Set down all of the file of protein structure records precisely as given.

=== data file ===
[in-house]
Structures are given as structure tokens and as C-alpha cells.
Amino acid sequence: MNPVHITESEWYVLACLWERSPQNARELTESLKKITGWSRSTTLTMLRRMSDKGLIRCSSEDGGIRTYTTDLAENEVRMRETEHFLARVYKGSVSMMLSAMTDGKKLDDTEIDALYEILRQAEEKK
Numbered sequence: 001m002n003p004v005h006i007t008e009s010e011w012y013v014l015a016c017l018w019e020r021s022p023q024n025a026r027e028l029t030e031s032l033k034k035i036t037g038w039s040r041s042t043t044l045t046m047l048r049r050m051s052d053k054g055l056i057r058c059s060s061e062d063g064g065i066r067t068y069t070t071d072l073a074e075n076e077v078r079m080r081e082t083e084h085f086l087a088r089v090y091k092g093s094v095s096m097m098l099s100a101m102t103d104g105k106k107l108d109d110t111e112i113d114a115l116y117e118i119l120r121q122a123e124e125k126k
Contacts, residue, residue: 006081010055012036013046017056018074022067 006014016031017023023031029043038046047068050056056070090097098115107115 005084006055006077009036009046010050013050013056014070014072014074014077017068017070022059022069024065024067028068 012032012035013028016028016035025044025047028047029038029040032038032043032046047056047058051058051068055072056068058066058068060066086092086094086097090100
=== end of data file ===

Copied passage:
[in-house]
Structures are given as structure tokens and as C-alpha cells.
Amino acid sequence: MNPVHITESEWYVLACLWERSPQNARELTESLKKITGWSRSTTLTMLRRMSDKGLIRCSSEDGGIRTYTTDLAENEVRMRETEHFLARVYKGSVSMMLSAMTDGKKLDDTEIDALYEILRQAEEKK
Numbered sequence: 001m002n003p004v005h006i007t008e009s010e011w012y013v014l015a016c017l018w019e020r021s022p023q024n025a026r027e028l029t030e031s032l033k034k035i036t037g038w039s040r041s042t043t044l045t046m047l048r049r050m051s052d053k054g055l056i057r058c059s060s061e062d063g064g065i066r067t068y069t070t071d072l073a074e075n076e077v078r079m080r081e082t083e084h085f086l087a088r089v090y091k092g093s094v095s096m097m098l099s100a101m102t103d104g105k106k107l108d109d110t111e112i113d114a115l116y117e118i119l120r121q122a123e124e125k126k
Contacts, residue, residue: 006081010055012036013046017056018074022067 006014016031017023023031029043038046047068050056056070090097098115107115 005084006055006077009036009046010050013050013056014070014072014074014077017068017070022059022069024065024067028068 012032012035013028016028016035025044025047028047029038029040032038032043032046047056047058051058051068055072056068058066058068060066086092086094086097090100